Defendant raised several defenses in its pleadings and at trial. We discuss only those defenses that are relevant on appeal. First, defendant contended that, although it was a party to the Keizer lease, Deborah Hill lacked authority to bind it to the Tigard lease. Thus, defendant argued, it could not be held liable for any deficiency between the total unpaid balance on the Tigard lease and the net proceeds from the auction pertaining to that lease.

Second, defendant asserted that the leases were not true leases but, instead, actually were security agreements subject to Article 9 of the Uniform Commercial Code (UCC), including the provisions of Article 9 that require a commercially reasonable disposition of collateral following the debtor's default. See ORS 79.0610; ORS 79.0627.

Third, defendant asserted that, irrespective of whether the leases were true leases, their own terms required plaintiff to make a commercially reasonable disposition if it elected to dispose of the equipment after default.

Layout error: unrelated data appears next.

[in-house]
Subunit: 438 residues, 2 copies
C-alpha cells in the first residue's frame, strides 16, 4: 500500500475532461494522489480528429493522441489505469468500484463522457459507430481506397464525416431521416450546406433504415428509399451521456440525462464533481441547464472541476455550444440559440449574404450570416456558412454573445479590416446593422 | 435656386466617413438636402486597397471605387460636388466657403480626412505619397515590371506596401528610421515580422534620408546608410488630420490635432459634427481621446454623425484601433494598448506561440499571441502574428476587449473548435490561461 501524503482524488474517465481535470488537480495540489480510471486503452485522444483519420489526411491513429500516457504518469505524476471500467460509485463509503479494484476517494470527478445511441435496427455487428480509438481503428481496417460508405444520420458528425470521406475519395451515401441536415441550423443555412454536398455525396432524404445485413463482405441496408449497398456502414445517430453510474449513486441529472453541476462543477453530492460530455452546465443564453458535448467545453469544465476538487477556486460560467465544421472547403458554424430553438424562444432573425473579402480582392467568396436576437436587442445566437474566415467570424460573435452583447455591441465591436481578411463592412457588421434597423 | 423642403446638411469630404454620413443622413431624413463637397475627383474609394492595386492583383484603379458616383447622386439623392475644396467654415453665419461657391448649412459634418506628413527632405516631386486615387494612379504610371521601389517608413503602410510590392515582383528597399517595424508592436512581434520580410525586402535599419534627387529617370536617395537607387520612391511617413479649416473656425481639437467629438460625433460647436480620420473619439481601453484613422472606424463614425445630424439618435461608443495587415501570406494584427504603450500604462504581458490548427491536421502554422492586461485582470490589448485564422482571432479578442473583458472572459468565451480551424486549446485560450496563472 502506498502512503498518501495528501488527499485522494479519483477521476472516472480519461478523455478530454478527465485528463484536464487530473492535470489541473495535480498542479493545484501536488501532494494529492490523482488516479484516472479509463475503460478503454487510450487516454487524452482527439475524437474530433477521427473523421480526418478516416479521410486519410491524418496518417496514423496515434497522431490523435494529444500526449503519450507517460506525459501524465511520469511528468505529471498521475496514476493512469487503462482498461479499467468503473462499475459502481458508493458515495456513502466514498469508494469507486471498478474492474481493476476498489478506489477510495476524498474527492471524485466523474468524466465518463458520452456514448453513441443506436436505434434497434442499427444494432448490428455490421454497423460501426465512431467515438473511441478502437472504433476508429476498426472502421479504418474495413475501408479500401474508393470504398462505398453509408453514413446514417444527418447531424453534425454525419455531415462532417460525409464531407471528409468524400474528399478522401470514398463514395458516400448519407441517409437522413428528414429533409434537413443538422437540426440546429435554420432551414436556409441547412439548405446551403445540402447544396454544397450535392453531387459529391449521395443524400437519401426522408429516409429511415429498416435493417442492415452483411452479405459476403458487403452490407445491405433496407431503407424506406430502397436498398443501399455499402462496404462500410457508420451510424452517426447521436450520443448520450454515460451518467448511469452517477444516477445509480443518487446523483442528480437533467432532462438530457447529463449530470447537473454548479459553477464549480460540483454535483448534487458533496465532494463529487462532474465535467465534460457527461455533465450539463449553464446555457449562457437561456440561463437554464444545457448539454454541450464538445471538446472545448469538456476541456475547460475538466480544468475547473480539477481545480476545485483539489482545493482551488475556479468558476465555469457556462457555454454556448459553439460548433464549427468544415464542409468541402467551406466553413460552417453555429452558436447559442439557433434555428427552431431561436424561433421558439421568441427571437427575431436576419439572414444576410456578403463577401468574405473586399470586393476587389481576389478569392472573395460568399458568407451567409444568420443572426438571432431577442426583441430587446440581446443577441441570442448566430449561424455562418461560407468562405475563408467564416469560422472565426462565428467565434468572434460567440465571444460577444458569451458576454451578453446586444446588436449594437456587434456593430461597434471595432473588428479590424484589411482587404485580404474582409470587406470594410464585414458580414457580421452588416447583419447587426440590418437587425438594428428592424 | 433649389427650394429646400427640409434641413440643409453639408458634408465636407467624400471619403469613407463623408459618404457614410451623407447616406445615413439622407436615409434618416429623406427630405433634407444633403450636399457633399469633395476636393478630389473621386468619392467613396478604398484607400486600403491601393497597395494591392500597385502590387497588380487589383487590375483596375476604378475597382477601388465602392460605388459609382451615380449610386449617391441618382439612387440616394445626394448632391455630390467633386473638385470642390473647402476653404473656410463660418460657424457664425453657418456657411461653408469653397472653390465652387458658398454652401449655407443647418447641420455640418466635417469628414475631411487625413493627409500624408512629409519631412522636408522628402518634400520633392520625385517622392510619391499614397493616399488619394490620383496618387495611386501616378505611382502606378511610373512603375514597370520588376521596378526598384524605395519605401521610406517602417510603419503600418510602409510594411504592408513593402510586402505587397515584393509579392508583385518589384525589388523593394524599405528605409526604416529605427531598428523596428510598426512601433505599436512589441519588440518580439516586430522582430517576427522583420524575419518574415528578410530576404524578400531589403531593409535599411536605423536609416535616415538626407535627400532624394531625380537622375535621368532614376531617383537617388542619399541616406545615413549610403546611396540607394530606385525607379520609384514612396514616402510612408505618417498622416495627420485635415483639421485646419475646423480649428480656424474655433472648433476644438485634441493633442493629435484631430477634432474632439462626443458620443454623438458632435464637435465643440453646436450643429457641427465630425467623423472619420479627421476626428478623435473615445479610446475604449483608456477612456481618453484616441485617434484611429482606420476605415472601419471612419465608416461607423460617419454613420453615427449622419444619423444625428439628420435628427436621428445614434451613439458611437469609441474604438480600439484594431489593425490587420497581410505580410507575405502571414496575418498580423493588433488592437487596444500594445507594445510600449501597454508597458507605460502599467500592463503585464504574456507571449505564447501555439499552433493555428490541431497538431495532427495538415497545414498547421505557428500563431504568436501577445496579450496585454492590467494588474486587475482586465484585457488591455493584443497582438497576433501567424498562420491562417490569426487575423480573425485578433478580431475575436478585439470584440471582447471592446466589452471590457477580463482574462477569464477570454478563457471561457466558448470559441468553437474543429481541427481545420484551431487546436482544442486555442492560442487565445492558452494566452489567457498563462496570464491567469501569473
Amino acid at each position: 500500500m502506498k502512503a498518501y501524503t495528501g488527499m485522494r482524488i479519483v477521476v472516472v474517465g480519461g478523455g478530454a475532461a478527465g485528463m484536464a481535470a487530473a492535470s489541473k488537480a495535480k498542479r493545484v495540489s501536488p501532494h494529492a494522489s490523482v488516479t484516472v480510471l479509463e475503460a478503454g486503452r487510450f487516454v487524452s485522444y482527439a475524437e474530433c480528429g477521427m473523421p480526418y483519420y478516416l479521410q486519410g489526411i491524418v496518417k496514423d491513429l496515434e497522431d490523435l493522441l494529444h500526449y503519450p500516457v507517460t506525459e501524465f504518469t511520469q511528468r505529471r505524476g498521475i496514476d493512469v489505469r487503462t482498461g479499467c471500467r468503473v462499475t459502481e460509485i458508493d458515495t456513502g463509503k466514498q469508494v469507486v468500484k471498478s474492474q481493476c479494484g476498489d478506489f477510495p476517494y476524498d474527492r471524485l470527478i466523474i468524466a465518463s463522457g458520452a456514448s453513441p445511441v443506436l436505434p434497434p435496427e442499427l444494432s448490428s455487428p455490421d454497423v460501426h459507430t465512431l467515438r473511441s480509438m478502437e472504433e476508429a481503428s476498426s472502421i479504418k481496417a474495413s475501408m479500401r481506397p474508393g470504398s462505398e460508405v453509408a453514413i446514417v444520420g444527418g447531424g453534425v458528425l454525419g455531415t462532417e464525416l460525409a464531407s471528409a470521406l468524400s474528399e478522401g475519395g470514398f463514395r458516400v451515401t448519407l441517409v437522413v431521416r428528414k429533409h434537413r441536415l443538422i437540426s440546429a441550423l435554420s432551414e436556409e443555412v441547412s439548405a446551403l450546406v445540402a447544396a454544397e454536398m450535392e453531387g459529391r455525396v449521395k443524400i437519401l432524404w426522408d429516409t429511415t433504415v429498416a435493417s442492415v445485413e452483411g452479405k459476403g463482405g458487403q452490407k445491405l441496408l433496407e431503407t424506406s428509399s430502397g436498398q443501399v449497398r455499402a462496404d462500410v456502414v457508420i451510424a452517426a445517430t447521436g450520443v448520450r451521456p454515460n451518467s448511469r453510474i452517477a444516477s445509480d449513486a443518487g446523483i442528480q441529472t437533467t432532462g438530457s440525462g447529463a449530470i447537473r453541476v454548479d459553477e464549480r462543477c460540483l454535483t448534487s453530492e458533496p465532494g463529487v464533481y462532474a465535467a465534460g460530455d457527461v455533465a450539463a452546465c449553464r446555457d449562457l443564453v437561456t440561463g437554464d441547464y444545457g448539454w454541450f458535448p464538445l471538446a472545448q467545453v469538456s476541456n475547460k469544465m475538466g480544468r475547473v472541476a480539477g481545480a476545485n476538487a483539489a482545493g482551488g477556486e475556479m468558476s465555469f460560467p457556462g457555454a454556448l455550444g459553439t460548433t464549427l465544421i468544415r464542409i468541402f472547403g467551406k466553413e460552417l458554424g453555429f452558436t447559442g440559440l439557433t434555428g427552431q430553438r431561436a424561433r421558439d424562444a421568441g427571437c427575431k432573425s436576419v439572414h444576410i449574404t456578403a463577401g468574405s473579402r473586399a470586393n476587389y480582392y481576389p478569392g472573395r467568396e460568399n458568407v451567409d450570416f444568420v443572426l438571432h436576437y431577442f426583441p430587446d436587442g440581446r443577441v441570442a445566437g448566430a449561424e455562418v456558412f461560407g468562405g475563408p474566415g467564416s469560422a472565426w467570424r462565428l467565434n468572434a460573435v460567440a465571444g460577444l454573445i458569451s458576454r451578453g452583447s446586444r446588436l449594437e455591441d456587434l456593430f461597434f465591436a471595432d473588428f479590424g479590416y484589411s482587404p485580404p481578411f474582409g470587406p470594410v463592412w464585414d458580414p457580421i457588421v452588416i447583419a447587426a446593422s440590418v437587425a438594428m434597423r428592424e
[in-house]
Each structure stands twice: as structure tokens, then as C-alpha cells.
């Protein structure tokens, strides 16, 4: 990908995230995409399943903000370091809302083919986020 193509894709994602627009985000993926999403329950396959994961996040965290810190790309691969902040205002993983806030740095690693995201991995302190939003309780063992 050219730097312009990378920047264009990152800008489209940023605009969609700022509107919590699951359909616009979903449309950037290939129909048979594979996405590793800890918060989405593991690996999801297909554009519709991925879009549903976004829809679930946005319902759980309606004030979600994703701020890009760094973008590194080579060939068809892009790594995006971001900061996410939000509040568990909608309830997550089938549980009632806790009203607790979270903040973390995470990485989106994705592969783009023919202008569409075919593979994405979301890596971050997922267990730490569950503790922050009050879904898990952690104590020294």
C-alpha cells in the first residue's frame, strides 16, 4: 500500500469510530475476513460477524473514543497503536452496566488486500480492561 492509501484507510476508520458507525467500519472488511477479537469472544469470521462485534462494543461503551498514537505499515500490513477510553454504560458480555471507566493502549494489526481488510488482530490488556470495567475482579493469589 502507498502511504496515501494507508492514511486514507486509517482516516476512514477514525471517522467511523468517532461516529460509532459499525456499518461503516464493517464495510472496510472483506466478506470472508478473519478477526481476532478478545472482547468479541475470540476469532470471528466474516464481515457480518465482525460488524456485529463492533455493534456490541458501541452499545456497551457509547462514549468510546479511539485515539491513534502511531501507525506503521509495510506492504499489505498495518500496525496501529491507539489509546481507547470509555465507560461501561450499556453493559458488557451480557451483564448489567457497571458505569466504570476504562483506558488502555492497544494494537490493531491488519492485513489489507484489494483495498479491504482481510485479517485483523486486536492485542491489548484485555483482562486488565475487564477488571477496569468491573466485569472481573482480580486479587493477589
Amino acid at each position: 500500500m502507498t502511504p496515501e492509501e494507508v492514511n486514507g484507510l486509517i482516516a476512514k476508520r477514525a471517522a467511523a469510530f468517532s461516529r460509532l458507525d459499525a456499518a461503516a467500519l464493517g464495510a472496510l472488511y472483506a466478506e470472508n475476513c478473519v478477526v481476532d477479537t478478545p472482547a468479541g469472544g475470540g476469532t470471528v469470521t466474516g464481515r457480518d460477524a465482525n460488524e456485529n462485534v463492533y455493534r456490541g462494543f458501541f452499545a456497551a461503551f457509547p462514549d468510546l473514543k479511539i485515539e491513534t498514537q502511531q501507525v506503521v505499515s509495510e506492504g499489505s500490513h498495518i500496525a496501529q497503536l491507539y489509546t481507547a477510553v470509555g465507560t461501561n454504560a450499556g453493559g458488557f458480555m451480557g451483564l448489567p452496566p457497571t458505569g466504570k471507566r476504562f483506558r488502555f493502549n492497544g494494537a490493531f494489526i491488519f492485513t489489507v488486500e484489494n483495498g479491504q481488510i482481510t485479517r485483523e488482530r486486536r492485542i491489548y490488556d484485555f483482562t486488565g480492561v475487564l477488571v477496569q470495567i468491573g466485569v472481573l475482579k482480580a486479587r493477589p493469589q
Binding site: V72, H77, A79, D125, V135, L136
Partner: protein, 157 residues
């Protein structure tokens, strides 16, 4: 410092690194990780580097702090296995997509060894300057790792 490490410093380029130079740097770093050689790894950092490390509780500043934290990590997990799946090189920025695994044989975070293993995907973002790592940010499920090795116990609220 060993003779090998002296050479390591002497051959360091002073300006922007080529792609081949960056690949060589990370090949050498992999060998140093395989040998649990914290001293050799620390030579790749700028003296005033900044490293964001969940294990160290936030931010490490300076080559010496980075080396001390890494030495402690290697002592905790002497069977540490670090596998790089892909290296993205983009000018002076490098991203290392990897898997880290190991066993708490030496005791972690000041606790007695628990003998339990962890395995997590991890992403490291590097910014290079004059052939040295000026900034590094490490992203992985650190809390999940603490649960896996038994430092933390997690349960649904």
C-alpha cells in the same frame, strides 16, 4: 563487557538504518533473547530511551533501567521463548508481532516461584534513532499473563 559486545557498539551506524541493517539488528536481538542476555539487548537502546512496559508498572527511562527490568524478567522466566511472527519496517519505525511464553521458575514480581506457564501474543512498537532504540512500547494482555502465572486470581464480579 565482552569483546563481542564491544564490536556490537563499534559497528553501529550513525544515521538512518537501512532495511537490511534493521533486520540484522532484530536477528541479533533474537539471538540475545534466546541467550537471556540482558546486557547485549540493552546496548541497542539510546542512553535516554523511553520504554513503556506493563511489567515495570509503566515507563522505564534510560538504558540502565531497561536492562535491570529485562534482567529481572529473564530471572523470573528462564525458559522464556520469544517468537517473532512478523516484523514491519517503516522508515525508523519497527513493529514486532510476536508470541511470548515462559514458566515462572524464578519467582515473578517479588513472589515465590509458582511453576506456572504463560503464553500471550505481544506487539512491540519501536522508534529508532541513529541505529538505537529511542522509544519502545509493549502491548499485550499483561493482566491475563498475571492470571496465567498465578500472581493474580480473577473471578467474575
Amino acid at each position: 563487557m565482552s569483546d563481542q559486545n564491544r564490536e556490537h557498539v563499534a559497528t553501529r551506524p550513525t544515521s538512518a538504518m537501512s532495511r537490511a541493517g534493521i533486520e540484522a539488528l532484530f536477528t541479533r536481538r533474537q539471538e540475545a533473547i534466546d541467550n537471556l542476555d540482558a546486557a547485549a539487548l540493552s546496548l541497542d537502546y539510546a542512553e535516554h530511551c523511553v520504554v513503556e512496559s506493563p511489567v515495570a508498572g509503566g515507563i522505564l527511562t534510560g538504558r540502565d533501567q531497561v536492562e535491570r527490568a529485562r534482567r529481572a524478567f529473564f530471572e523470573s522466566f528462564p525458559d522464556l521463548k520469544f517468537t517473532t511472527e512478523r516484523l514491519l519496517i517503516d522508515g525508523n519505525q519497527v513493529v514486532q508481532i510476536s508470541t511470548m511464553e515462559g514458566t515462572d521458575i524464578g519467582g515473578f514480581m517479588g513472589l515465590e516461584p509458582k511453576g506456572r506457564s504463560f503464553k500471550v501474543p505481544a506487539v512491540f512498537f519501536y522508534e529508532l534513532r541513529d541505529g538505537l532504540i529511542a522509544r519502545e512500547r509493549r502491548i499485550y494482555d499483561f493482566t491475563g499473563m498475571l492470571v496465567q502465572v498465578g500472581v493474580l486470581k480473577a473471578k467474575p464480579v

Fourth, defendant asserted as an affirmative defense that the sale of the equipment was commercially unreasonable in several respects. At trial, defendant offered expert testimony by an auctioneer, Van Gorden, who opined that the disposition was commercially unreasonable, because (1) plaintiff's auctioneer failed to segregate the proceeds of equipment sold pursuant to the Keizer lease from the proceeds of equipment pertaining to the Tigard lease; (2) plaintiff's auctioneer failed to produce documentation of the scope, content, cost, or a list of recipients, of advertisements for the auction, although the auctioneer charged $1,500 for advertising expenses; (3) the auctioneer failed to identify the purchasers participating in the auction; Van Gorden was especially concerned that, if the auctioneer had purchased equipment at the auction without disclosing its participation, it would have violated statutory prohibitions; (4) the clerking sheets documenting the sale of the equipment were not in numbered order and did not identify the owner of the equipment; and (5) the cumulative effect of the foregoing irregularities prevented recovery of "the highest possible price" for the goods sold and thus, the sale was not commercially reasonable. In addition, defendant produced evidence that plaintiff had failed to remove and dispose of certain equipment from the Tigard store and that plaintiff had attempted to allocate the auction proceeds first to the Tigard lease and then, after having reduced that lease balance to zero, had applied the remaining proceeds to the Keizer lease.